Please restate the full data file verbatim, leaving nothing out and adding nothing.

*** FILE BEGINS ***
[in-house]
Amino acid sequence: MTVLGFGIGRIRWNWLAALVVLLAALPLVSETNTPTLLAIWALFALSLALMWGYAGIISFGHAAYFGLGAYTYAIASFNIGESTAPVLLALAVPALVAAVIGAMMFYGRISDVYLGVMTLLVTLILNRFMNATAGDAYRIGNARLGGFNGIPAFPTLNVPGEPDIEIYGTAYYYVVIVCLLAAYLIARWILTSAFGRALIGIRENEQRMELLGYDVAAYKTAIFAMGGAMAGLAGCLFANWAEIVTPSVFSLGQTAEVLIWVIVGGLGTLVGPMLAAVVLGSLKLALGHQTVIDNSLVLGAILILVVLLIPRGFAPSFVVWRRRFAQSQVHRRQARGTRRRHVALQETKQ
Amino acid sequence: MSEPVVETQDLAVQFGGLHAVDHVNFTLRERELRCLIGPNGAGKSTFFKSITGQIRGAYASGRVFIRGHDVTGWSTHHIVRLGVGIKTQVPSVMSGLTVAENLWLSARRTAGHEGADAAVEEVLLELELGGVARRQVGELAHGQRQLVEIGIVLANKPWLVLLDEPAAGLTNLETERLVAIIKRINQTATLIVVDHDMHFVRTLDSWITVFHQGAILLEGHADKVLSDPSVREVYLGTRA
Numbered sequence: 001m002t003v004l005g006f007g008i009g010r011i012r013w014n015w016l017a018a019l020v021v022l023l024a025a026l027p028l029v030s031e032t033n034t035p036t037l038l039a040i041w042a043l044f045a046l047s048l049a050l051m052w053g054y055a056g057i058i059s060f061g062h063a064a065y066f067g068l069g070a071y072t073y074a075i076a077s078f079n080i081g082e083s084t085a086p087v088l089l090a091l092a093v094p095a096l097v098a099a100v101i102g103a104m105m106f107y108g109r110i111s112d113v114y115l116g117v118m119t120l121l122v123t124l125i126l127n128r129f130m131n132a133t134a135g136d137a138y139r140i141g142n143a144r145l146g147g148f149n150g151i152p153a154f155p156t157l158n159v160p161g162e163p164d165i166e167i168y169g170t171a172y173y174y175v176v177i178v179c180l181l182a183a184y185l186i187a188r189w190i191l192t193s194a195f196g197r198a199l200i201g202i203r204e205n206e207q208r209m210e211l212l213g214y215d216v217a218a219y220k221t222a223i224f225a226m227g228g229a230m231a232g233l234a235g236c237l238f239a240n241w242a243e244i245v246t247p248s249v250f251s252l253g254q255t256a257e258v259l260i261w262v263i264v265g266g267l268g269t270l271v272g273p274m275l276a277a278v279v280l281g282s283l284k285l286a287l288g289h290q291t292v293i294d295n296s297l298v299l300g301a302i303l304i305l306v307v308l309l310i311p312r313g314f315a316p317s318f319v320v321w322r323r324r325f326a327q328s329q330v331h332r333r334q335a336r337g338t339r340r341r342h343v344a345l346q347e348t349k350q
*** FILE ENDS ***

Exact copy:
[in-house]
Amino acid sequence: MTVLGFGIGRIRWNWLAALVVLLAALPLVSETNTPTLLAIWALFALSLALMWGYAGIISFGHAAYFGLGAYTYAIASFNIGESTAPVLLALAVPALVAAVIGAMMFYGRISDVYLGVMTLLVTLILNRFMNATAGDAYRIGNARLGGFNGIPAFPTLNVPGEPDIEIYGTAYYYVVIVCLLAAYLIARWILTSAFGRALIGIRENEQRMELLGYDVAAYKTAIFAMGGAMAGLAGCLFANWAEIVTPSVFSLGQTAEVLIWVIVGGLGTLVGPMLAAVVLGSLKLALGHQTVIDNSLVLGAILILVVLLIPRGFAPSFVVWRRRFAQSQVHRRQARGTRRRHVALQETKQ
Amino acid sequence: MSEPVVETQDLAVQFGGLHAVDHVNFTLRERELRCLIGPNGAGKSTFFKSITGQIRGAYASGRVFIRGHDVTGWSTHHIVRLGVGIKTQVPSVMSGLTVAENLWLSARRTAGHEGADAAVEEVLLELELGGVARRQVGELAHGQRQLVEIGIVLANKPWLVLLDEPAAGLTNLETERLVAIIKRINQTATLIVVDHDMHFVRTLDSWITVFHQGAILLEGHADKVLSDPSVREVYLGTRA
Numbered sequence: 001m002t003v004l005g006f007g008i009g010r011i012r013w014n015w016l017a018a019l020v021v022l023l024a025a026l027p028l029v030s031e032t033n034t035p036t037l038l039a040i041w042a043l044f045a046l047s048l049a050l051m052w053g054y055a056g057i058i059s060f061g062h063a064a065y066f067g068l069g070a071y072t073y074a075i076a077s078f079n080i081g082e083s084t085a086p087v088l089l090a091l092a093v094p095a096l097v098a099a100v101i102g103a104m105m106f107y108g109r110i111s112d113v114y115l116g117v118m119t120l121l122v123t124l125i126l127n128r129f130m131n132a133t134a135g136d137a138y139r140i141g142n143a144r145l146g147g148f149n150g151i152p153a154f155p156t157l158n159v160p161g162e163p164d165i166e167i168y169g170t171a172y173y174y175v176v177i178v179c180l181l182a183a184y185l186i187a188r189w190i191l192t193s194a195f196g197r198a199l200i201g202i203r204e205n206e207q208r209m210e211l212l213g214y215d216v217a218a219y220k221t222a223i224f225a226m227g228g229a230m231a232g233l234a235g236c237l238f239a240n241w242a243e244i245v246t247p248s249v250f251s252l253g254q255t256a257e258v259l260i261w262v263i264v265g266g267l268g269t270l271v272g273p274m275l276a277a278v279v280l281g282s283l284k285l286a287l288g289h290q291t292v293i294d295n296s297l298v299l300g301a302i303l304i305l306v307v308l309l310i311p312r313g314f315a316p317s318f319v320v321w322r323r324r325f326a327q328s329q330v331h332r333r334q335a336r337g338t339r340r341r342h343v344a345l346q347e348t349k350q